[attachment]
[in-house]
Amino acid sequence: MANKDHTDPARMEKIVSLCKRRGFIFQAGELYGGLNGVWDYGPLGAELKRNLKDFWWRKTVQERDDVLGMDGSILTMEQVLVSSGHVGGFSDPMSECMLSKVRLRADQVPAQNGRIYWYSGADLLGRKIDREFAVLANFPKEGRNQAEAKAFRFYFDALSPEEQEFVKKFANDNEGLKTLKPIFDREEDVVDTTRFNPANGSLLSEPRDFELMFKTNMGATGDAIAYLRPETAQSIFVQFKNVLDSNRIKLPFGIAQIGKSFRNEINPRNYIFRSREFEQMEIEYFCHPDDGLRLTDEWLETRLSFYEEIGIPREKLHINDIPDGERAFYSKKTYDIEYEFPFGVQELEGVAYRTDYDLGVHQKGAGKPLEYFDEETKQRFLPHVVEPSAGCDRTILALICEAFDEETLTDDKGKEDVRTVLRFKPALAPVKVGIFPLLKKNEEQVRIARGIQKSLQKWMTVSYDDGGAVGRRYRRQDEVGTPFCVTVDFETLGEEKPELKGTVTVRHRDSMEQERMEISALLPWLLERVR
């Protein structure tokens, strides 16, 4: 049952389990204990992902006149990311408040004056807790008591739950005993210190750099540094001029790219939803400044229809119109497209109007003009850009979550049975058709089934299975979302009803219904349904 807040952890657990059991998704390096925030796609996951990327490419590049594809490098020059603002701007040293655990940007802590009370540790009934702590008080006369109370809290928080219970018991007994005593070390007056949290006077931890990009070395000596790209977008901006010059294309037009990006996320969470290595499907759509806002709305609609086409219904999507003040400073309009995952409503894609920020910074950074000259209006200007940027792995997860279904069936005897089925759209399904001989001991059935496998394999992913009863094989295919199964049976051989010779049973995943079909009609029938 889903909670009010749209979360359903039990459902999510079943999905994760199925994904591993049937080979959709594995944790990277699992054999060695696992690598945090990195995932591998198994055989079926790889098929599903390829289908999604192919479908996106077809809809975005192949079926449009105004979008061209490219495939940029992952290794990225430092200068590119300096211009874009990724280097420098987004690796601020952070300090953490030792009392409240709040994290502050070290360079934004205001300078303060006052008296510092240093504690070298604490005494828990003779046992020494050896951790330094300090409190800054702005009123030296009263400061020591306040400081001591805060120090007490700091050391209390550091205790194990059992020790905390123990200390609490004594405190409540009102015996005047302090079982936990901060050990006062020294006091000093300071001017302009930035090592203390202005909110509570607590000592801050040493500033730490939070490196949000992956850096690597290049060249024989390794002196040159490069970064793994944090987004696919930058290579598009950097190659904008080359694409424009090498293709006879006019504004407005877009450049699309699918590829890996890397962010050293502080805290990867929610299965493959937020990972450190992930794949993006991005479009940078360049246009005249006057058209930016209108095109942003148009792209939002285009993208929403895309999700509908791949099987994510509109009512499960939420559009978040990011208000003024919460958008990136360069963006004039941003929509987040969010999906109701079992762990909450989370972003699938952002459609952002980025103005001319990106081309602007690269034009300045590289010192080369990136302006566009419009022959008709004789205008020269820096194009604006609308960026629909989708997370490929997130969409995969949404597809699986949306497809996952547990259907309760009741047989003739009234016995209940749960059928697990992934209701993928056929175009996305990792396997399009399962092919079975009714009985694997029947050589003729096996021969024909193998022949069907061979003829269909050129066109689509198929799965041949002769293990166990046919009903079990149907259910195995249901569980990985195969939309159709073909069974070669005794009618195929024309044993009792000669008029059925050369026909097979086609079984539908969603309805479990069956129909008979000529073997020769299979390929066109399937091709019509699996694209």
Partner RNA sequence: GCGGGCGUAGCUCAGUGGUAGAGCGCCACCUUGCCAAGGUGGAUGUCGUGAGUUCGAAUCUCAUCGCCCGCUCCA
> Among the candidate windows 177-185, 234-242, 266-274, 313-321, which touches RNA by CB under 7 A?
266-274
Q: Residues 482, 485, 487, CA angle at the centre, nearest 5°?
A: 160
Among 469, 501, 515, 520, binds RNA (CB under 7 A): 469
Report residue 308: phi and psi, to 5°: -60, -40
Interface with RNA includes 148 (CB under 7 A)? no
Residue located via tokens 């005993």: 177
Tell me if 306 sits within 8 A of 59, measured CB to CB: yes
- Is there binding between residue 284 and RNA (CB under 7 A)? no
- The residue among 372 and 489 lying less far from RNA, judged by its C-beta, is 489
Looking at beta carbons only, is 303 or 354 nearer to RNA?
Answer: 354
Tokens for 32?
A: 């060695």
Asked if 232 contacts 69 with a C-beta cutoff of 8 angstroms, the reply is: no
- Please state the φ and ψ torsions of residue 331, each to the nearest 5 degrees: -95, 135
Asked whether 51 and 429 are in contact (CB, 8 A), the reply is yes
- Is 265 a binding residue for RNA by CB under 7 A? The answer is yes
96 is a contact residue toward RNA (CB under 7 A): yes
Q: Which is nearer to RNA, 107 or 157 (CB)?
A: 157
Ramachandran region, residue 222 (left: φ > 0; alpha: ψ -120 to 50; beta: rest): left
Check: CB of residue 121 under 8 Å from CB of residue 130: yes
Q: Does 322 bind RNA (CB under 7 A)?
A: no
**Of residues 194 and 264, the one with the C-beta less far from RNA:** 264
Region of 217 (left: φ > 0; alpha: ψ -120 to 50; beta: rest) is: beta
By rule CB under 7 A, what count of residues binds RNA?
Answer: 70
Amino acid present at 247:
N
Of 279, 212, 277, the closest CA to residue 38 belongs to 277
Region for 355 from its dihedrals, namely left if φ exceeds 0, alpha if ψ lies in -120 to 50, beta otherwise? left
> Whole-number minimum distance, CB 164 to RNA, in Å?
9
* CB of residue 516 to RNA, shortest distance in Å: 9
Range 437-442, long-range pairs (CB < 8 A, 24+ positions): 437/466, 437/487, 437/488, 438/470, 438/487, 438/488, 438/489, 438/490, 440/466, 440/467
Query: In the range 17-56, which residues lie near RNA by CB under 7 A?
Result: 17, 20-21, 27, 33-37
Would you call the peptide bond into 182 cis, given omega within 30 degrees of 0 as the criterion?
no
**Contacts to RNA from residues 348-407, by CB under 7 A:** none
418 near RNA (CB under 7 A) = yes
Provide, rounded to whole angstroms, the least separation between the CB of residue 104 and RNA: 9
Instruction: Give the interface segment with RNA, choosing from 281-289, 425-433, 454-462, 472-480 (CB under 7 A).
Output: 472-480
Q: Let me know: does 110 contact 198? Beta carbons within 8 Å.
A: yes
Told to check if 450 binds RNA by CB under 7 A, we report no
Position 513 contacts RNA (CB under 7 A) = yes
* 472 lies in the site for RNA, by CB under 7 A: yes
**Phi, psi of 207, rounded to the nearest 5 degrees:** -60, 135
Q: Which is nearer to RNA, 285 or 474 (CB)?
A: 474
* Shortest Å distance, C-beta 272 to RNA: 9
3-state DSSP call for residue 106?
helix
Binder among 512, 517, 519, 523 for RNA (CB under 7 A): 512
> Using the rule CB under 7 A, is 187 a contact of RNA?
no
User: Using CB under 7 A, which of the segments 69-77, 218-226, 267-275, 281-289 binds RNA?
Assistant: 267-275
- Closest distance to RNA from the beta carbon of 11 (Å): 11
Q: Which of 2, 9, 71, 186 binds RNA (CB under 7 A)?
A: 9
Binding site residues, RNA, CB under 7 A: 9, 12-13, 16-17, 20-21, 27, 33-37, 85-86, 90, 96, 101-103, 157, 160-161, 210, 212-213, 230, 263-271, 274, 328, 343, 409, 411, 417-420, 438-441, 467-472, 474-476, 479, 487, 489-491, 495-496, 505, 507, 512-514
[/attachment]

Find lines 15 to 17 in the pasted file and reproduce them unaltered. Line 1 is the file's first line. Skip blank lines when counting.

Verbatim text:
- The residue among 372 and 489 lying less far from RNA, judged by its C-beta, is 489
Looking at beta carbons only, is 303 or 354 nearer to RNA?
Answer: 354